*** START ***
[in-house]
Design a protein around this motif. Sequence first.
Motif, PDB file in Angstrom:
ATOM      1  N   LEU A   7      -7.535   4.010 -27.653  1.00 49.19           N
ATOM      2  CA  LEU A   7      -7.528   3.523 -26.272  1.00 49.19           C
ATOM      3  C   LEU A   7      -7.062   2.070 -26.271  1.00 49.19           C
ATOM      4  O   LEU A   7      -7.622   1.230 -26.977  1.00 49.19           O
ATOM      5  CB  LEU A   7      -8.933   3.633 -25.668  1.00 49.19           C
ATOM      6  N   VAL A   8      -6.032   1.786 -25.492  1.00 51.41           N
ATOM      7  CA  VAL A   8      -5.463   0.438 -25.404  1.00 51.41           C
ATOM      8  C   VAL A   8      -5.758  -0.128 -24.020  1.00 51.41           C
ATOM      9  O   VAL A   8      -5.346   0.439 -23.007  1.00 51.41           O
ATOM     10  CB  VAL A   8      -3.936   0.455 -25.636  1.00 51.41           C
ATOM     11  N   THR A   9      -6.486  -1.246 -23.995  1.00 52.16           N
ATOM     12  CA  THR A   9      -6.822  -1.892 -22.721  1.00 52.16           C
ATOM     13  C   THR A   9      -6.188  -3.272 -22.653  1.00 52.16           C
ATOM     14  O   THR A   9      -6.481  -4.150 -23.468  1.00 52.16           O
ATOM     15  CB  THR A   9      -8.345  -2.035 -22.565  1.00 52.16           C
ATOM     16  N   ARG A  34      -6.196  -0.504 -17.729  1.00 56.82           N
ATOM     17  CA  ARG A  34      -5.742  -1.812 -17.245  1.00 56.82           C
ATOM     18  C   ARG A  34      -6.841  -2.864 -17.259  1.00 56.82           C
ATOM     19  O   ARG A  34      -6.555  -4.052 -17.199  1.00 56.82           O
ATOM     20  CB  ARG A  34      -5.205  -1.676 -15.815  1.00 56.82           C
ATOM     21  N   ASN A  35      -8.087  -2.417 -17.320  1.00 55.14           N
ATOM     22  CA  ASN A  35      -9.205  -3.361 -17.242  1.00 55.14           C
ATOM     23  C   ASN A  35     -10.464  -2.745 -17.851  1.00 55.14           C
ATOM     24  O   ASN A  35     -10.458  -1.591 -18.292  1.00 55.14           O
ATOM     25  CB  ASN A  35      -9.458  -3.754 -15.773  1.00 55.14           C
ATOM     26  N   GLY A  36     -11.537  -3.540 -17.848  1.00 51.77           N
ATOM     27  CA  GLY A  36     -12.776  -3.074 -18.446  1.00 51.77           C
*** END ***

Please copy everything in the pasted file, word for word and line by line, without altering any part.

[in-house]
Design a protein around this motif. Sequence first.
Motif, PDB file in Angstrom:
ATOM      1  N   LEU A   7      -7.535   4.010 -27.653  1.00 49.19           N
ATOM      2  CA  LEU A   7      -7.528   3.523 -26.272  1.00 49.19           C
ATOM      3  C   LEU A   7      -7.062   2.070 -26.271  1.00 49.19           C
ATOM      4  O   LEU A   7      -7.622   1.230 -26.977  1.00 49.19           O
ATOM      5  CB  LEU A   7      -8.933   3.633 -25.668  1.00 49.19           C
ATOM      6  N   VAL A   8      -6.032   1.786 -25.492  1.00 51.41           N
ATOM      7  CA  VAL A   8      -5.463   0.438 -25.404  1.00 51.41           C
ATOM      8  C   VAL A   8      -5.758  -0.128 -24.020  1.00 51.41           C
ATOM      9  O   VAL A   8      -5.346   0.439 -23.007  1.00 51.41           O
ATOM     10  CB  VAL A   8      -3.936   0.455 -25.636  1.00 51.41           C
ATOM     11  N   THR A   9      -6.486  -1.246 -23.995  1.00 52.16           N
ATOM     12  CA  THR A   9      -6.822  -1.892 -22.721  1.00 52.16           C
ATOM     13  C   THR A   9      -6.188  -3.272 -22.653  1.00 52.16           C
ATOM     14  O   THR A   9      -6.481  -4.150 -23.468  1.00 52.16           O
ATOM     15  CB  THR A   9      -8.345  -2.035 -22.565  1.00 52.16           C
ATOM     16  N   ARG A  34      -6.196  -0.504 -17.729  1.00 56.82           N
ATOM     17  CA  ARG A  34      -5.742  -1.812 -17.245  1.00 56.82           C
ATOM     18  C   ARG A  34      -6.841  -2.864 -17.259  1.00 56.82           C
ATOM     19  O   ARG A  34      -6.555  -4.052 -17.199  1.00 56.82           O
ATOM     20  CB  ARG A  34      -5.205  -1.676 -15.815  1.00 56.82           C
ATOM     21  N   ASN A  35      -8.087  -2.417 -17.320  1.00 55.14           N
ATOM     22  CA  ASN A  35      -9.205  -3.361 -17.242  1.00 55.14           C
ATOM     23  C   ASN A  35     -10.464  -2.745 -17.851  1.00 55.14           C
ATOM     24  O   ASN A  35     -10.458  -1.591 -18.292  1.00 55.14           O
ATOM     25  CB  ASN A  35      -9.458  -3.754 -15.773  1.00 55.14           C
ATOM     26  N   GLY A  36     -11.537  -3.540 -17.848  1.00 51.77           N
ATOM     27  CA  GLY A  36     -12.776  -3.074 -18.446  1.00 51.77           C